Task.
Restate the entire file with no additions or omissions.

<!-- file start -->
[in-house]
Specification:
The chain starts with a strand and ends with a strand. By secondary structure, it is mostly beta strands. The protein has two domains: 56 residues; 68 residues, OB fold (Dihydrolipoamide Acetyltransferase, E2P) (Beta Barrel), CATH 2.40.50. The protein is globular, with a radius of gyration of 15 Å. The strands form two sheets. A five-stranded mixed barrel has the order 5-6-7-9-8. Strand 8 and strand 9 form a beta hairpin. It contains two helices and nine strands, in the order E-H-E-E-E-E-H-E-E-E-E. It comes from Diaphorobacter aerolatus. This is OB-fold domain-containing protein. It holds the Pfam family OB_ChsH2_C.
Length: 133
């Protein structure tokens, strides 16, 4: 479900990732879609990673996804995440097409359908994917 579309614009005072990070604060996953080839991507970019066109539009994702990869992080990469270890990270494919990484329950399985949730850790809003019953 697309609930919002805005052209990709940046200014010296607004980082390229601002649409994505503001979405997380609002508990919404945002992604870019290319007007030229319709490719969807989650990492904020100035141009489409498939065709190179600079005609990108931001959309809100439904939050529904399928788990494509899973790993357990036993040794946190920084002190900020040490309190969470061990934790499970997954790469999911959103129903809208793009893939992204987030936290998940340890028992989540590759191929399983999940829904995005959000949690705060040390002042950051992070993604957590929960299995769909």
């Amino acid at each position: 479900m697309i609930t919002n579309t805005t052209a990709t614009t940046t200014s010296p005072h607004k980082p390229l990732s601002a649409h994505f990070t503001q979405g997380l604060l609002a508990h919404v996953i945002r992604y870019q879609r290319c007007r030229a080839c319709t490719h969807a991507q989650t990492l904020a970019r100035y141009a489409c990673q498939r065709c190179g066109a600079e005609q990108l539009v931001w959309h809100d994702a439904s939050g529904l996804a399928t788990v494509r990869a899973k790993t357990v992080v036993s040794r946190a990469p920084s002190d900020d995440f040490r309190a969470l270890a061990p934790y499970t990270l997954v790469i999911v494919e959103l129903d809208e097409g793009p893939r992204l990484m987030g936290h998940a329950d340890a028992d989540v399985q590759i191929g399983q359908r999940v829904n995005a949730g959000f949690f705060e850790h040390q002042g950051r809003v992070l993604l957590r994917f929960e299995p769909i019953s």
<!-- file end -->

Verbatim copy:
[in-house]
Specification:
The chain starts with a strand and ends with a strand. By secondary structure, it is mostly beta strands. The protein has two domains: 56 residues; 68 residues, OB fold (Dihydrolipoamide Acetyltransferase, E2P) (Beta Barrel), CATH 2.40.50. The protein is globular, with a radius of gyration of 15 Å. The strands form two sheets. A five-stranded mixed barrel has the order 5-6-7-9-8. Strand 8 and strand 9 form a beta hairpin. It contains two helices and nine strands, in the order E-H-E-E-E-E-H-E-E-E-E. It comes from Diaphorobacter aerolatus. This is OB-fold domain-containing protein. It holds the Pfam family OB_ChsH2_C.
Length: 133
């Protein structure tokens, strides 16, 4: 479900990732879609990673996804995440097409359908994917 579309614009005072990070604060996953080839991507970019066109539009994702990869992080990469270890990270494919990484329950399985949730850790809003019953 697309609930919002805005052209990709940046200014010296607004980082390229601002649409994505503001979405997380609002508990919404945002992604870019290319007007030229319709490719969807989650990492904020100035141009489409498939065709190179600079005609990108931001959309809100439904939050529904399928788990494509899973790993357990036993040794946190920084002190900020040490309190969470061990934790499970997954790469999911959103129903809208793009893939992204987030936290998940340890028992989540590759191929399983999940829904995005959000949690705060040390002042950051992070993604957590929960299995769909």
């Amino acid at each position: 479900m697309i609930t919002n579309t805005t052209a990709t614009t940046t200014s010296p005072h607004k980082p390229l990732s601002a649409h994505f990070t503001q979405g997380l604060l609002a508990h919404v996953i945002r992604y870019q879609r290319c007007r030229a080839c319709t490719h969807a991507q989650t990492l904020a970019r100035y141009a489409c990673q498939r065709c190179g066109a600079e005609q990108l539009v931001w959309h809100d994702a439904s939050g529904l996804a399928t788990v494509r990869a899973k790993t357990v992080v036993s040794r946190a990469p920084s002190d900020d995440f040490r309190a969470l270890a061990p934790y499970t990270l997954v790469i999911v494919e959103l129903d809208e097409g793009p893939r992204l990484m987030g936290h998940a329950d340890a028992d989540v399985q590759i191929g399983q359908r999940v829904n995005a949730g959000f949690f705060e850790h040390q002042g950051r809003v992070l993604l957590r994917f929960e299995p769909i019953s």